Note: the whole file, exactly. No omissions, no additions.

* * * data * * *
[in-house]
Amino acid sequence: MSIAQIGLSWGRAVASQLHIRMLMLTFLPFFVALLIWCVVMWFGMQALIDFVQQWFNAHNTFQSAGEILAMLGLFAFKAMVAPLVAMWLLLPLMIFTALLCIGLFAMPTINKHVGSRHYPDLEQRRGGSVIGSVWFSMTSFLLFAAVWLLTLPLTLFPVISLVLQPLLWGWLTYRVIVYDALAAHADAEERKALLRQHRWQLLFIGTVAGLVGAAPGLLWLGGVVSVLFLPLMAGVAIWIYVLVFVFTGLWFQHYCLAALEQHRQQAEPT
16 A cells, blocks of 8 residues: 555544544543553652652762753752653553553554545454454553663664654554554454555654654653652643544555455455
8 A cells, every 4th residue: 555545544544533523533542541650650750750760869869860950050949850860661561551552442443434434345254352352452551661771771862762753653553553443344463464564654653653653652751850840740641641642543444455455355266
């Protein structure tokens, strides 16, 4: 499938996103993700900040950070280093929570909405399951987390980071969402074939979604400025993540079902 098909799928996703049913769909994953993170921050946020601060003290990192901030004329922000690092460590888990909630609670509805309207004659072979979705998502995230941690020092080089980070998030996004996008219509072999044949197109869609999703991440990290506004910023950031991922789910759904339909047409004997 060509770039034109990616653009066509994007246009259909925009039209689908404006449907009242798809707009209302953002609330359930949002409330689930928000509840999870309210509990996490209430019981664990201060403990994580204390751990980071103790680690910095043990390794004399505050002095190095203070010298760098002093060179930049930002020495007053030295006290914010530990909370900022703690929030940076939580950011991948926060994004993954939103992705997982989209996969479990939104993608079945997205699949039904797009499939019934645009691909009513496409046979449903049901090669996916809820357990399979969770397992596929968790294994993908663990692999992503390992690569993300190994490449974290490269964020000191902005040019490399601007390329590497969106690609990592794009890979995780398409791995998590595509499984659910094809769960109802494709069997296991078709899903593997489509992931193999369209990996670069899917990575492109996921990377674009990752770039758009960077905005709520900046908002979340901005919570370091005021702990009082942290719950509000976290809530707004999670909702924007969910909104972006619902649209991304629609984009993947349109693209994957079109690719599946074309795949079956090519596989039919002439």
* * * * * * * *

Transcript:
[in-house]
Amino acid sequence: MSIAQIGLSWGRAVASQLHIRMLMLTFLPFFVALLIWCVVMWFGMQALIDFVQQWFNAHNTFQSAGEILAMLGLFAFKAMVAPLVAMWLLLPLMIFTALLCIGLFAMPTINKHVGSRHYPDLEQRRGGSVIGSVWFSMTSFLLFAAVWLLTLPLTLFPVISLVLQPLLWGWLTYRVIVYDALAAHADAEERKALLRQHRWQLLFIGTVAGLVGAAPGLLWLGGVVSVLFLPLMAGVAIWIYVLVFVFTGLWFQHYCLAALEQHRQQAEPT
16 A cells, blocks of 8 residues: 555544544543553652652762753752653553553554545454454553663664654554554454555654654653652643544555455455
8 A cells, every 4th residue: 555545544544533523533542541650650750750760869869860950050949850860661561551552442443434434345254352352452551661771771862762753653553553443344463464564654653653653652751850840740641641642543444455455355266
């Protein structure tokens, strides 16, 4: 499938996103993700900040950070280093929570909405399951987390980071969402074939979604400025993540079902 098909799928996703049913769909994953993170921050946020601060003290990192901030004329922000690092460590888990909630609670509805309207004659072979979705998502995230941690020092080089980070998030996004996008219509072999044949197109869609999703991440990290506004910023950031991922789910759904339909047409004997 060509770039034109990616653009066509994007246009259909925009039209689908404006449907009242798809707009209302953002609330359930949002409330689930928000509840999870309210509990996490209430019981664990201060403990994580204390751990980071103790680690910095043990390794004399505050002095190095203070010298760098002093060179930049930002020495007053030295006290914010530990909370900022703690929030940076939580950011991948926060994004993954939103992705997982989209996969479990939104993608079945997205699949039904797009499939019934645009691909009513496409046979449903049901090669996916809820357990399979969770397992596929968790294994993908663990692999992503390992690569993300190994490449974290490269964020000191902005040019490399601007390329590497969106690609990592794009890979995780398409791995998590595509499984659910094809769960109802494709069997296991078709899903593997489509992931193999369209990996670069899917990575492109996921990377674009990752770039758009960077905005709520900046908002979340901005919570370091005021702990009082942290719950509000976290809530707004999670909702924007969910909104972006619902649209991304629609984009993947349109693209994957079109690719599946074309795949079956090519596989039919002439």